Matching Items (7)

Filtering by

Clear all filters

133162-Thumbnail Image.png

An Analysis of SEC Clawback Provisions in terms of Loss-Aversion and Narcissism

Description

Executive compensation is broken into two parts: one fixed and one variable. The fixed component of executive compensation is the annual salary and the variable components are performance-based incentives. Clawback provisions of executive compensation are designed to require executives to

Executive compensation is broken into two parts: one fixed and one variable. The fixed component of executive compensation is the annual salary and the variable components are performance-based incentives. Clawback provisions of executive compensation are designed to require executives to return performance-based, variable compensation that was erroneously awarded in the year of a misstatement. This research shows the need for the use of a new clawback provision that combines aspects of the two currently in regulation. In our current federal regulation, there are two clawback provisions in play: Section 304 of Sarbanes-Oxley and section 954 of The Dodd\u2014Frank Wall Street Reform and Consumer Protection Act. This paper argues for the use of an optimal clawback provision that combines aspects of both the current SOX provision and the Dodd-Frank provision, by integrating the principles of loss aversion and narcissism. These two factors are important to consider when designing a clawback provision, as it is generally accepted that average individuals are loss averse and executives are becoming increasingly narcissistic. Therefore, when attempting to mitigate the risk of a leader keeping erroneously awarded executive compensation, the decision making factors of narcissism and loss aversion must be taken into account. Additionally, this paper predicts how compensation structures will shift post-implementation. Through a survey analyzing the level of both loss- aversion and narcissism in respondents, the research question justifies the principle that people are loss averse and that a subset of the population show narcissistic tendencies. Both loss aversion and narcissism drove the results to suggest there are benefits to both clawback provisions and that a new provision that combines elements of both is most beneficial in mitigating the risk of executives receiving erroneously awarded compensation. I concluded the most optimal clawback provision is mandatory for all public companies (Dodd-Frank), targets all executives (Dodd-Frank), and requires the recuperation of the entire bonus, not just that which was in excess of what should have been received (SOX).

Contributors

Agent

Created

Date Created
2018-12

135761-Thumbnail Image.png

WPC 101: Ethics Curriculum

Description

At a time when the national and world community is viewing collegiate business programs as complicit in many recent business scandals rooted in ethical violations and breaches of trust, improving ethics education is a high priority. Review of current research

At a time when the national and world community is viewing collegiate business programs as complicit in many recent business scandals rooted in ethical violations and breaches of trust, improving ethics education is a high priority. Review of current research on techniques for effectively teaching ethics highlights the importance of incorporating conversational learning, decision models, and relevant, personalized case discussions into undergraduate ethics lessons. Focusing exclusively on ethics education in the first-year business seminar WPC 101, we evaluated the current ethics/academic integrity module and found it to be lacking many research-supported techniques. To develop an updated curriculum, we first used the EthicsGame Ethical Lens Inventory in a survey of 114 W. P. Carey students to explore whether a connection between students' majors and primary ethical lenses would demonstrate the effectiveness of designing different, tailored ethics curricula for students in each major. Regression analysis of the survey responses indicated that this research was inconclusive for every major except for Accountancy, which already has a specific (upper-division) ethics course. This initial research stage led to the creation of a universally applicable ethics curriculum based on the Baird Decision Model. Incorporating techniques from the literature review, the new WPC 101 Academic Honesty & Ethics curriculum includes a presentation on the Baird Decision Model, a small-group discussion of a relevant ethical dilemma, and a class role play. The curriculum additionally includes detailed Facilitator Guidelines for educators. The curriculum was piloted in WPC 101 classes during Spring 2016, and we present student and facilitator feedback as well as suggestions for further research and improvement. Use of this research-backed curriculum and further study into its impact on student decision making will allow W. P. Carey to continue advancing in pursuit of training students to be effective ethical leaders.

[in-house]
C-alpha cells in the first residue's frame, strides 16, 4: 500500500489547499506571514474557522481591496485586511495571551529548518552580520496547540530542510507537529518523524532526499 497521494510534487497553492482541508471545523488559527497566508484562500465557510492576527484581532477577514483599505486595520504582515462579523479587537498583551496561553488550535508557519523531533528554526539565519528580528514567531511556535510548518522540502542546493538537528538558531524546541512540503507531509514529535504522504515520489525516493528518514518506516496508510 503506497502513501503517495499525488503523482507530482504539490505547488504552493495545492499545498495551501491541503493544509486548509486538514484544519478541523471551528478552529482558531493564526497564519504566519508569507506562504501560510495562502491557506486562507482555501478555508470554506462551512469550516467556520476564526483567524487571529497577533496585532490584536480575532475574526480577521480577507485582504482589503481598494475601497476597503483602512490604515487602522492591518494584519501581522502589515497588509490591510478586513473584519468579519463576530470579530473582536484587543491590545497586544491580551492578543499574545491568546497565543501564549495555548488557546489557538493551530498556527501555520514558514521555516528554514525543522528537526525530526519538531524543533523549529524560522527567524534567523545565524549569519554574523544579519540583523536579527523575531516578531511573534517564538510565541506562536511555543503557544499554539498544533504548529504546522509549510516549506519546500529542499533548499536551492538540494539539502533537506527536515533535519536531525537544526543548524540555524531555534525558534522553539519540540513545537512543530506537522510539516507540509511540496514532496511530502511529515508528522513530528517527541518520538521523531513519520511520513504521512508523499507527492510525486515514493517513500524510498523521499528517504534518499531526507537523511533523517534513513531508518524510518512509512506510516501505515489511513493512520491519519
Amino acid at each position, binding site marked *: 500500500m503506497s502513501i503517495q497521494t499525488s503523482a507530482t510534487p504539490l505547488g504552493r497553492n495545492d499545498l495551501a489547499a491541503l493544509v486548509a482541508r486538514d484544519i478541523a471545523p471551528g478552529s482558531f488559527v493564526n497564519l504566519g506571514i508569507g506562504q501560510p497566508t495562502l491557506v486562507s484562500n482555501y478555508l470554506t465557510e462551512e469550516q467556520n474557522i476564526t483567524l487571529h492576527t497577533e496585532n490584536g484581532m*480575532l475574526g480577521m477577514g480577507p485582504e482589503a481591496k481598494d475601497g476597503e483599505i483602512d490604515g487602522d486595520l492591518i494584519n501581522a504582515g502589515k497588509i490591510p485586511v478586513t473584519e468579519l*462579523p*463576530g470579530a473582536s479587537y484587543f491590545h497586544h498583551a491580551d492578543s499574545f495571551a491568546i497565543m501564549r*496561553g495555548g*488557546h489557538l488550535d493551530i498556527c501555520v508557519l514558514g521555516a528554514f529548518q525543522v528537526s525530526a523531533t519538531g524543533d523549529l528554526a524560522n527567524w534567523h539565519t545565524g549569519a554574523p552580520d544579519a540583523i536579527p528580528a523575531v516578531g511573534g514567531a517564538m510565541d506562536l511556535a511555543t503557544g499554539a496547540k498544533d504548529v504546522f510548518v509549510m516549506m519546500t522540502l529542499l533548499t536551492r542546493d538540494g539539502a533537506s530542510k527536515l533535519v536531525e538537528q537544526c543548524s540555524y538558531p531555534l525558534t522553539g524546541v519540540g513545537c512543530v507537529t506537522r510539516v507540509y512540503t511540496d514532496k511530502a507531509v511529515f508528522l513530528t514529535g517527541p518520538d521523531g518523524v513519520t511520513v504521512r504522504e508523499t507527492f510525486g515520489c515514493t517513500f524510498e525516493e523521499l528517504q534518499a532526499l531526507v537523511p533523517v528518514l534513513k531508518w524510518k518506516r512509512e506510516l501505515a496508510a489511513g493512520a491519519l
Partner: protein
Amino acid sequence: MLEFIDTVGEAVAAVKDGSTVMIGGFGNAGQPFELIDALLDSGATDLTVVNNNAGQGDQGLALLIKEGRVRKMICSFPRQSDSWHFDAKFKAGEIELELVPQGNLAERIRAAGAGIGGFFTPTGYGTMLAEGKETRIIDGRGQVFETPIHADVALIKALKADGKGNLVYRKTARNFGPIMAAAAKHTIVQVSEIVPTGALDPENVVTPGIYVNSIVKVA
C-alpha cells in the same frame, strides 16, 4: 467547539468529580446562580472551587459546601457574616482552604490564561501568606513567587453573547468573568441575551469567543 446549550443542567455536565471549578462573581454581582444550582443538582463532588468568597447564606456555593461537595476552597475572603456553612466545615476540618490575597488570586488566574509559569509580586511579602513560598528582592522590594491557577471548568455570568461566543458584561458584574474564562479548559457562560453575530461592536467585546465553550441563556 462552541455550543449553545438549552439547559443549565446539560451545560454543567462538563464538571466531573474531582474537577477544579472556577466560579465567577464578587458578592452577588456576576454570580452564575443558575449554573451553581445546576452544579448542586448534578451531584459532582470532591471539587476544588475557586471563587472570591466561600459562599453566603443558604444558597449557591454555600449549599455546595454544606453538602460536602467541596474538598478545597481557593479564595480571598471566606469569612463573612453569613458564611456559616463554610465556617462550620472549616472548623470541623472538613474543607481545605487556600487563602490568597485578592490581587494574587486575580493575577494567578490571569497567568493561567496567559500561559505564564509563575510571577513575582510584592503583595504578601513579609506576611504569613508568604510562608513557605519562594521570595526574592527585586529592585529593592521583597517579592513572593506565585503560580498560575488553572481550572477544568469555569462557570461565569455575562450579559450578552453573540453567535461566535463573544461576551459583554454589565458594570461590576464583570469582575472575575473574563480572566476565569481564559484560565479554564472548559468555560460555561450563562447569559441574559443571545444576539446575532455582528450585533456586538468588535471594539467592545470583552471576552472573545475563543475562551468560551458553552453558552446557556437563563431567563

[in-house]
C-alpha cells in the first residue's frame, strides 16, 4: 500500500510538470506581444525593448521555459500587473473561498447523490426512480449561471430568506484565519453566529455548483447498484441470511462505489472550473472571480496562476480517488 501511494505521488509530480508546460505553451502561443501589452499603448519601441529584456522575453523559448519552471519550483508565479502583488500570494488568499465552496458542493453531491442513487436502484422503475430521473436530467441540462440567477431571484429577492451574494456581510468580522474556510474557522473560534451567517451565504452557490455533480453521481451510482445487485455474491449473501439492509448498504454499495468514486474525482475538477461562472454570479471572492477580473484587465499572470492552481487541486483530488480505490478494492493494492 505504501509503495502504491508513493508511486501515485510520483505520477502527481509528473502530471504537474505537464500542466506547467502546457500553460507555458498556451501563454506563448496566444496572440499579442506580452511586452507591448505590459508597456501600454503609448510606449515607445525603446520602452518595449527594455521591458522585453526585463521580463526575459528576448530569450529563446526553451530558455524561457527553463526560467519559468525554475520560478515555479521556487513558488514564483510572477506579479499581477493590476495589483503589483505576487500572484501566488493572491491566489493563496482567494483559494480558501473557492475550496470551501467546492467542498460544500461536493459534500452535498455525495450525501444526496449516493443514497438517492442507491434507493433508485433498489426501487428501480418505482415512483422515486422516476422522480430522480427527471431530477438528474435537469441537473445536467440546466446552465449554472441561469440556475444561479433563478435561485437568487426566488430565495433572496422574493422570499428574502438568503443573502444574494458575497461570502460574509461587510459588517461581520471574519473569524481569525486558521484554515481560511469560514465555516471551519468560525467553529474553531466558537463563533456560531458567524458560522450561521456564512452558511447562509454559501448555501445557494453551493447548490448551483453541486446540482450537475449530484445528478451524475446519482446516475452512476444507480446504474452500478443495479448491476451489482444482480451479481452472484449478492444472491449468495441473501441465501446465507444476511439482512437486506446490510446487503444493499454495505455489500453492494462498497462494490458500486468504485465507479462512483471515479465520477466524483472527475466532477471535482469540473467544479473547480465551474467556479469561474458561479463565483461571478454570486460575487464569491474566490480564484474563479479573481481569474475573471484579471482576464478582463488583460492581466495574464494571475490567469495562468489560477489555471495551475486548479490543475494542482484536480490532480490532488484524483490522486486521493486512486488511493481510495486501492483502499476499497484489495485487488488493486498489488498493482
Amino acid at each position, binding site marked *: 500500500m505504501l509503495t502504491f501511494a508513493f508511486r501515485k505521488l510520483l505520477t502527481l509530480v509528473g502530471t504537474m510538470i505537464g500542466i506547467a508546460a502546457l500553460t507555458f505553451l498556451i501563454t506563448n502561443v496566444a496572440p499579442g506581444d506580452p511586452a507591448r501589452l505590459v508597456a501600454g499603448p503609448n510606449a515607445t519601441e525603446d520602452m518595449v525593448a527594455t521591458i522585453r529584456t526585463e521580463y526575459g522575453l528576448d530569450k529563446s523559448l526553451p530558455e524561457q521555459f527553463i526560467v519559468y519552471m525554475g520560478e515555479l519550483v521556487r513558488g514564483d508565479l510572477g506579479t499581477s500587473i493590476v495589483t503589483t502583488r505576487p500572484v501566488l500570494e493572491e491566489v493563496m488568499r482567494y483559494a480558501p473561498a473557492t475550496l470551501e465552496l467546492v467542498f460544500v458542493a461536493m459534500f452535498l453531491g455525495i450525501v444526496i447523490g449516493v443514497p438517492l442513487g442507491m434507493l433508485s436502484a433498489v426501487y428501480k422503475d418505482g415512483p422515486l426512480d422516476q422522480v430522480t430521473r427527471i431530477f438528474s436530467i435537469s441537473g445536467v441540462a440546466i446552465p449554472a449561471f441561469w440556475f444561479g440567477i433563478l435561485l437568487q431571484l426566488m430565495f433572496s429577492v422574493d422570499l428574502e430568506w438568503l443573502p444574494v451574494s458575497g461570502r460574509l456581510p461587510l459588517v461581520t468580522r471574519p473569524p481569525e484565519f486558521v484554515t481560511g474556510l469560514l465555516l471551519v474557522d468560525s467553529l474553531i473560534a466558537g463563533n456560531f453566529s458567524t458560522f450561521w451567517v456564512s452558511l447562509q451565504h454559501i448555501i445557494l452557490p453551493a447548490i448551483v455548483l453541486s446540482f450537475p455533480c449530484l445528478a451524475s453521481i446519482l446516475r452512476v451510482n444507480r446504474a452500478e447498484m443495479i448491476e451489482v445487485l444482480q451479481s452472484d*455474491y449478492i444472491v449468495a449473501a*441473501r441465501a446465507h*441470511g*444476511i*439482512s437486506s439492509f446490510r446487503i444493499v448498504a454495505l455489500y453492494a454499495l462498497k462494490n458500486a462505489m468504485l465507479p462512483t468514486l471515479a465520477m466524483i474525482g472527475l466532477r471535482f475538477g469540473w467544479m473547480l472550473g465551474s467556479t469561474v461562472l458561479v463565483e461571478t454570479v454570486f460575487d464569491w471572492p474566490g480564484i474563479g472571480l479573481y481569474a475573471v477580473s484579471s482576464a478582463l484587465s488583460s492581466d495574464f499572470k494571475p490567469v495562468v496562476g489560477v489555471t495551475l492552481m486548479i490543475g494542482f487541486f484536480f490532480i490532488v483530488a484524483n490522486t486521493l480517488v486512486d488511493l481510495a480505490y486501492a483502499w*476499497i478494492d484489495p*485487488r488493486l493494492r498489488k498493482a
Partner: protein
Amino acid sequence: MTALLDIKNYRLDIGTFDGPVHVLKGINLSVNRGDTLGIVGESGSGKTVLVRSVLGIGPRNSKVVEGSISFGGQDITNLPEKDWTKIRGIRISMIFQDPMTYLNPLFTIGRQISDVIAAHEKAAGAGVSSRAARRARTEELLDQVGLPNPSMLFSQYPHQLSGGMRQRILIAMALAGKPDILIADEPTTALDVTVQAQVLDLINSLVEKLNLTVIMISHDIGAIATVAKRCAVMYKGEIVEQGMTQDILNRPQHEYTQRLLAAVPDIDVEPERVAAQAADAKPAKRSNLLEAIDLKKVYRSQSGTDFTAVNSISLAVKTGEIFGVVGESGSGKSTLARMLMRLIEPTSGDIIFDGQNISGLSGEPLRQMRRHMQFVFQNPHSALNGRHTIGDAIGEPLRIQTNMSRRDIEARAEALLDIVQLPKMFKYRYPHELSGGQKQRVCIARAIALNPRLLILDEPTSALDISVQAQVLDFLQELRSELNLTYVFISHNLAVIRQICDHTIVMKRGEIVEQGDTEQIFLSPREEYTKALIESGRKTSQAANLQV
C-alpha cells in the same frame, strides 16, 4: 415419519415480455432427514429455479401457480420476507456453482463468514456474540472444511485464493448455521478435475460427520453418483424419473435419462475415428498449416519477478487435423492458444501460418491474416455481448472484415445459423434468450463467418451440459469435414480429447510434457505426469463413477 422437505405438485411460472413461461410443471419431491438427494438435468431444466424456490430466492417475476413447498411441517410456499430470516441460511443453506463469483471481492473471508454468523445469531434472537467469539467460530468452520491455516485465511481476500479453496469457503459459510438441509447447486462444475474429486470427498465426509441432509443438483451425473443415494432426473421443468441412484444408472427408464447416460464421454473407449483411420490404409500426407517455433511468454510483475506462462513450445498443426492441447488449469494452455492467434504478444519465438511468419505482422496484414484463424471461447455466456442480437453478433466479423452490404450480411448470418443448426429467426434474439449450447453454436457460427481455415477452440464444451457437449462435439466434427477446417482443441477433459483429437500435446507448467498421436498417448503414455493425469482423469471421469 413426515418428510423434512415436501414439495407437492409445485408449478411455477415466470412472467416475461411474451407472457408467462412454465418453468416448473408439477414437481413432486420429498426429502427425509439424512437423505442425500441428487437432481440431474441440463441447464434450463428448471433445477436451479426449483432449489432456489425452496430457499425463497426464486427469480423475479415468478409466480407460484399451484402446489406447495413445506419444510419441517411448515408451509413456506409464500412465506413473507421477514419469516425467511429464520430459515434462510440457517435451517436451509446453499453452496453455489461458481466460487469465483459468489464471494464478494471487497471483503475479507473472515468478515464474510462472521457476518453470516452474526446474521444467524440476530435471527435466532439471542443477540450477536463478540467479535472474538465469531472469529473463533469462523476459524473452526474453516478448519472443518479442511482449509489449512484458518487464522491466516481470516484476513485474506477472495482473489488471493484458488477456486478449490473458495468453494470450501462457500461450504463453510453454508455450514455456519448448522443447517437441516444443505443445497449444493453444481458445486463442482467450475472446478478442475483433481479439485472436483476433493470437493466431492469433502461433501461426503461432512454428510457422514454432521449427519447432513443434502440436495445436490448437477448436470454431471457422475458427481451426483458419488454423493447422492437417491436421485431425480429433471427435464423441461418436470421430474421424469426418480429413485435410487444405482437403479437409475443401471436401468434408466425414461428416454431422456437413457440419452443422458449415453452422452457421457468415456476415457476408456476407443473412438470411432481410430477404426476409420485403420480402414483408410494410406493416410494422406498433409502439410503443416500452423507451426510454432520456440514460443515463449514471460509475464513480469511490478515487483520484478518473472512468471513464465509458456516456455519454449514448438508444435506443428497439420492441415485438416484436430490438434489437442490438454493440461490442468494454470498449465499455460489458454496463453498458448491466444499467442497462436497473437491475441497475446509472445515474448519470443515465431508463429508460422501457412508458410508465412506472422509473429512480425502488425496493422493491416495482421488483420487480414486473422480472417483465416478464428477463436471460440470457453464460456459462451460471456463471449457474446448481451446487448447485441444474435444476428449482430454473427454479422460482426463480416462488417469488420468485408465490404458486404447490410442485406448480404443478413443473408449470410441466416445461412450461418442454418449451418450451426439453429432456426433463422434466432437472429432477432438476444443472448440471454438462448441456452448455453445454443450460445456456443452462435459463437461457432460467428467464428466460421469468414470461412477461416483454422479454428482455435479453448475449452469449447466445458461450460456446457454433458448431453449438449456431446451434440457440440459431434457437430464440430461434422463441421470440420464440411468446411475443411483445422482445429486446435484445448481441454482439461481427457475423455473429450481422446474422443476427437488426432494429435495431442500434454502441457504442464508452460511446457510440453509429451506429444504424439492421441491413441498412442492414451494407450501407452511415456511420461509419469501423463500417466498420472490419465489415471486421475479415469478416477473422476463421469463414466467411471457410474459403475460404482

Contributors

Agent

Created

Date Created
2016-05

134933-Thumbnail Image.png

The Unintended Consequences of Sarbanes-Oxley Act of 2002

Description

Given its impact on the accounting profession and public corporations, Sarbanes-Oxley Act of 2002(SOX) is a widely researched regulation among accounting scholars. Research typically focuses on the impact it has had on corporations, executives and auditors, however, there is limited

Given its impact on the accounting profession and public corporations, Sarbanes-Oxley Act of 2002(SOX) is a widely researched regulation among accounting scholars. Research typically focuses on the impact it has had on corporations, executives and auditors, however, there is limited research that illustrates the impact SOX may have on average Americans. There were several US criminal code sections that resulted from the passing of SOX. Statute 1519, which is often referred to as the "anti-shredding provision", penalizes anyone who "knowingly alters, destroys, mutilates, conceals, covers up, falsifies, or makes a false entry in any record, document, or tangible object with the intent to" obstruct a current or foreseeable federal investigation. This statute, although intended to punish behavior similar to that which occurred in the early 2000s by corporations and auditors, has been used to charge people beyond its original intent. Several issues with the crafting of the statute cause its broad application and some litigation even reached the Supreme Court due to its vague wording. Not only is the statute being applied beyond the intent, there are other issues that legal scholars have critiqued it for. This statute is far from being the only law facing these issues as the same issues and critiques are found in the 14th amendment. Rewriting the statute seems to be the most effective way to address the concerns of judges, lawyers and defendants regarding the statute. In addition, Congress could have passed this statute outside of SOX to avoid being seen as overreaching if obstruction of justice related to documents was actually an issue outside of corporate fraud.